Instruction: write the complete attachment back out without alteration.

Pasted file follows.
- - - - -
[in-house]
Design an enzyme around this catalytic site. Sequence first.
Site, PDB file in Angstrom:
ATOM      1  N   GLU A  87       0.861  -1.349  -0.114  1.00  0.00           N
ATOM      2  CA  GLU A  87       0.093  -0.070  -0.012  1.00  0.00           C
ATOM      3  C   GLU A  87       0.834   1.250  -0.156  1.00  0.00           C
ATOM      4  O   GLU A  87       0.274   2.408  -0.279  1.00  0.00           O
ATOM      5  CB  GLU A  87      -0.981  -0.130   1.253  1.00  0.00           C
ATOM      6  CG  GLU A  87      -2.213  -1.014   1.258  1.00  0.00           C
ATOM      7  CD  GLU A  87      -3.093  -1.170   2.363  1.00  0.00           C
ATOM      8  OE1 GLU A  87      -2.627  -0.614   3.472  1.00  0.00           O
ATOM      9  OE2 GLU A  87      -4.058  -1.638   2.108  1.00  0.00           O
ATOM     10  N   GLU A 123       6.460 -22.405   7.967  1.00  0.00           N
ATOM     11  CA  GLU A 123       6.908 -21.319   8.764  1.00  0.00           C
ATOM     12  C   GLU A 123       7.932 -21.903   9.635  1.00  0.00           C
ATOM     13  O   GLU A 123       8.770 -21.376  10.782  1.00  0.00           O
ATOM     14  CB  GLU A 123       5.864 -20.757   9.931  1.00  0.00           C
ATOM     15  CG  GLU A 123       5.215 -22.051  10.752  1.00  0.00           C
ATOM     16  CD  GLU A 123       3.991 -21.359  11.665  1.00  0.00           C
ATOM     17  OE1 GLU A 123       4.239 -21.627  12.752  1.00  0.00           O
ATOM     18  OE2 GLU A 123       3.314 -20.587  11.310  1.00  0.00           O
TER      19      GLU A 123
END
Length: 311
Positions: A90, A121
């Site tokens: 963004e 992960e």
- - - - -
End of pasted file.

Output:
[in-house]
Design an enzyme around this catalytic site. Sequence first.
Site, PDB file in Angstrom:
ATOM      1  N   GLU A  87       0.861  -1.349  -0.114  1.00  0.00           N
ATOM      2  CA  GLU A  87       0.093  -0.070  -0.012  1.00  0.00           C
ATOM      3  C   GLU A  87       0.834   1.250  -0.156  1.00  0.00           C
ATOM      4  O   GLU A  87       0.274   2.408  -0.279  1.00  0.00           O
ATOM      5  CB  GLU A  87      -0.981  -0.130   1.253  1.00  0.00           C
ATOM      6  CG  GLU A  87      -2.213  -1.014   1.258  1.00  0.00           C
ATOM      7  CD  GLU A  87      -3.093  -1.170   2.363  1.00  0.00           C
ATOM      8  OE1 GLU A  87      -2.627  -0.614   3.472  1.00  0.00           O
ATOM      9  OE2 GLU A  87      -4.058  -1.638   2.108  1.00  0.00           O
ATOM     10  N   GLU A 123       6.460 -22.405   7.967  1.00  0.00           N
ATOM     11  CA  GLU A 123       6.908 -21.319   8.764  1.00  0.00           C
ATOM     12  C   GLU A 123       7.932 -21.903   9.635  1.00  0.00           C
ATOM     13  O   GLU A 123       8.770 -21.376  10.782  1.00  0.00           O
ATOM     14  CB  GLU A 123       5.864 -20.757   9.931  1.00  0.00           C
ATOM     15  CG  GLU A 123       5.215 -22.051  10.752  1.00  0.00           C
ATOM     16  CD  GLU A 123       3.991 -21.359  11.665  1.00  0.00           C
ATOM     17  OE1 GLU A 123       4.239 -21.627  12.752  1.00  0.00           O
ATOM     18  OE2 GLU A 123       3.314 -20.587  11.310  1.00  0.00           O
TER      19      GLU A 123
END
Length: 311
Positions: A90, A121
């Site tokens: 963004e 992960e």